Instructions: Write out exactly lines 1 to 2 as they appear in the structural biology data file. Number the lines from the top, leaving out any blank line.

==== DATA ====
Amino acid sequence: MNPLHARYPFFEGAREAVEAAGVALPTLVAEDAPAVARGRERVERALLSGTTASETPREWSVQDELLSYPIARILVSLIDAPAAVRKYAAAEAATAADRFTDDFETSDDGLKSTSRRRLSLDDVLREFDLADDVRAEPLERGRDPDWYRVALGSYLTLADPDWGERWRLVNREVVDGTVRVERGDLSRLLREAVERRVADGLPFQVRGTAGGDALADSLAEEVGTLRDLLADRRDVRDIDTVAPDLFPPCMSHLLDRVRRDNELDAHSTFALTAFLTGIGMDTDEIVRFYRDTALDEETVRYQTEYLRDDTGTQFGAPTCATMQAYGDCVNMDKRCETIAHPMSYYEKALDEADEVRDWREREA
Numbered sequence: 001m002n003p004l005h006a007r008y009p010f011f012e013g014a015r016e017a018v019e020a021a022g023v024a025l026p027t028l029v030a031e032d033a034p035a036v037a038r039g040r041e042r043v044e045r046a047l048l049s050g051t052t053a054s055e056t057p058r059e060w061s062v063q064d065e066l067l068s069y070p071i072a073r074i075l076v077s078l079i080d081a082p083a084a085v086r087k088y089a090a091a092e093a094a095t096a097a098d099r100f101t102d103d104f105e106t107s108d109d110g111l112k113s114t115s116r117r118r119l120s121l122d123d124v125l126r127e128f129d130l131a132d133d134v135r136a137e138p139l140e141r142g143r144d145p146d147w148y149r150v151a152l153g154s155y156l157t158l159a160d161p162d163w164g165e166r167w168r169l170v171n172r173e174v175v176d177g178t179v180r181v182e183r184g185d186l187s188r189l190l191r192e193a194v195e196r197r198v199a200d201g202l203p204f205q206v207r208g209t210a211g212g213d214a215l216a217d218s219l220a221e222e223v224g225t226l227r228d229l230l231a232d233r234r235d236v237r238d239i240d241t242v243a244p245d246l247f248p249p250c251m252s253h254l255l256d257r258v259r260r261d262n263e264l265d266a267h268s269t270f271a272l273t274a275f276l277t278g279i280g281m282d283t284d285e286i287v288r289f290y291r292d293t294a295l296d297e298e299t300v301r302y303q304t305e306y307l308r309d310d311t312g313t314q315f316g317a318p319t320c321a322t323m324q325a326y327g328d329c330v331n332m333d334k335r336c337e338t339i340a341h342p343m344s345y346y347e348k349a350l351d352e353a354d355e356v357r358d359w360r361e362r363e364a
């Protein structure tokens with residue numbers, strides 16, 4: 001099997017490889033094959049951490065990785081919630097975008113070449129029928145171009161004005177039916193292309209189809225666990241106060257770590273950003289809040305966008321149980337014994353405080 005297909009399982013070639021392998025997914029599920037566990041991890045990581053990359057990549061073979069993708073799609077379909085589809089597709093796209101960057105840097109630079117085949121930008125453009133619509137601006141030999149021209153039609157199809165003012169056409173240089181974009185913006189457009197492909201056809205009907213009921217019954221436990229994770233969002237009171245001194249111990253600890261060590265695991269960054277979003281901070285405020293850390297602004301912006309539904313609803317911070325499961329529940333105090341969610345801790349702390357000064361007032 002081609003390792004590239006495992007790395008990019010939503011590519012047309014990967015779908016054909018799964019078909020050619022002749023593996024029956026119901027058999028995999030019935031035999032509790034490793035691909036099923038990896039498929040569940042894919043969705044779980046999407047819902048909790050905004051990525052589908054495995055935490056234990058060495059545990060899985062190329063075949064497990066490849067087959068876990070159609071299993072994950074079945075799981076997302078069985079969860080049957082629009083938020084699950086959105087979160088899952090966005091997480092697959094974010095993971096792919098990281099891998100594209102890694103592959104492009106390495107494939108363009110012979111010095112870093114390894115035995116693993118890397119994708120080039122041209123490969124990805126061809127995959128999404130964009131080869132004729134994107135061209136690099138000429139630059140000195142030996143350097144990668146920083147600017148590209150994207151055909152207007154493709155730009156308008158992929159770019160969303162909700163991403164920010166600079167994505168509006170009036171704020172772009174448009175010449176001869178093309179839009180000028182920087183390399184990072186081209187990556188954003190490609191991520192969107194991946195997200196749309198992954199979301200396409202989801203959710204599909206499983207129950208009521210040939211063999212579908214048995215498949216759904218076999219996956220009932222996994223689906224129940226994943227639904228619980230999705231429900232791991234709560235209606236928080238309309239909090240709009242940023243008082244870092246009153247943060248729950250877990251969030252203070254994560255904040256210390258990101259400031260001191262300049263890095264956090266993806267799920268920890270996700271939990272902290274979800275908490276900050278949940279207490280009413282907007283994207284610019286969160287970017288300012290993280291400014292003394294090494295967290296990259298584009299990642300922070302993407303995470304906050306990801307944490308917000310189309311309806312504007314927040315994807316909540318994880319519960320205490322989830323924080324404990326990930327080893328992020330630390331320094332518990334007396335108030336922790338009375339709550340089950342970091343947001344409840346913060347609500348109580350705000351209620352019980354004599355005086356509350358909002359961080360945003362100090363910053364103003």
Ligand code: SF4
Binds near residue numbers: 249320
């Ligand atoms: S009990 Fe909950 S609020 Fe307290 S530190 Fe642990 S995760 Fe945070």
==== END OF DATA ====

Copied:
Amino acid sequence: MNPLHARYPFFEGAREAVEAAGVALPTLVAEDAPAVARGRERVERALLSGTTASETPREWSVQDELLSYPIARILVSLIDAPAAVRKYAAAEAATAADRFTDDFETSDDGLKSTSRRRLSLDDVLREFDLADDVRAEPLERGRDPDWYRVALGSYLTLADPDWGERWRLVNREVVDGTVRVERGDLSRLLREAVERRVADGLPFQVRGTAGGDALADSLAEEVGTLRDLLADRRDVRDIDTVAPDLFPPCMSHLLDRVRRDNELDAHSTFALTAFLTGIGMDTDEIVRFYRDTALDEETVRYQTEYLRDDTGTQFGAPTCATMQAYGDCVNMDKRCETIAHPMSYYEKALDEADEVRDWREREA
Numbered sequence: 001m002n003p004l005h006a007r008y009p010f011f012e013g014a015r016e017a018v019e020a021a022g023v024a025l026p027t028l029v030a031e032d033a034p035a036v037a038r039g040r041e042r043v044e045r046a047l048l049s050g051t052t053a054s055e056t057p058r059e060w061s062v063q064d065e066l067l068s069y070p071i072a073r074i075l076v077s078l079i080d081a082p083a084a085v086r087k088y089a090a091a092e093a094a095t096a097a098d099r100f101t102d103d104f105e106t107s108d109d110g111l112k113s114t115s116r117r118r119l120s121l122d123d124v125l126r127e128f129d130l131a132d133d134v135r136a137e138p139l140e141r142g143r144d145p146d147w148y149r150v151a152l153g154s155y156l157t158l159a160d161p162d163w164g165e166r167w168r169l170v171n172r173e174v175v176d177g178t179v180r181v182e183r184g185d186l187s188r189l190l191r192e193a194v195e196r197r198v199a200d201g202l203p204f205q206v207r208g209t210a211g212g213d214a215l216a217d218s219l220a221e222e223v224g225t226l227r228d229l230l231a232d233r234r235d236v237r238d239i240d241t242v243a244p245d246l247f248p249p250c251m252s253h254l255l256d257r258v259r260r261d262n263e264l265d266a267h268s269t270f271a272l273t274a275f276l277t278g279i280g281m282d283t284d285e286i287v288r289f290y291r292d293t294a295l296d297e298e299t300v301r302y303q304t305e306y307l308r309d310d311t312g313t314q315f316g317a318p319t320c321a322t323m324q325a326y327g328d329c330v331n332m333d334k335r336c337e338t339i340a341h342p343m344s345y346y347e348k349a350l351d352e353a354d355e356v357r358d359w360r361e362r363e364a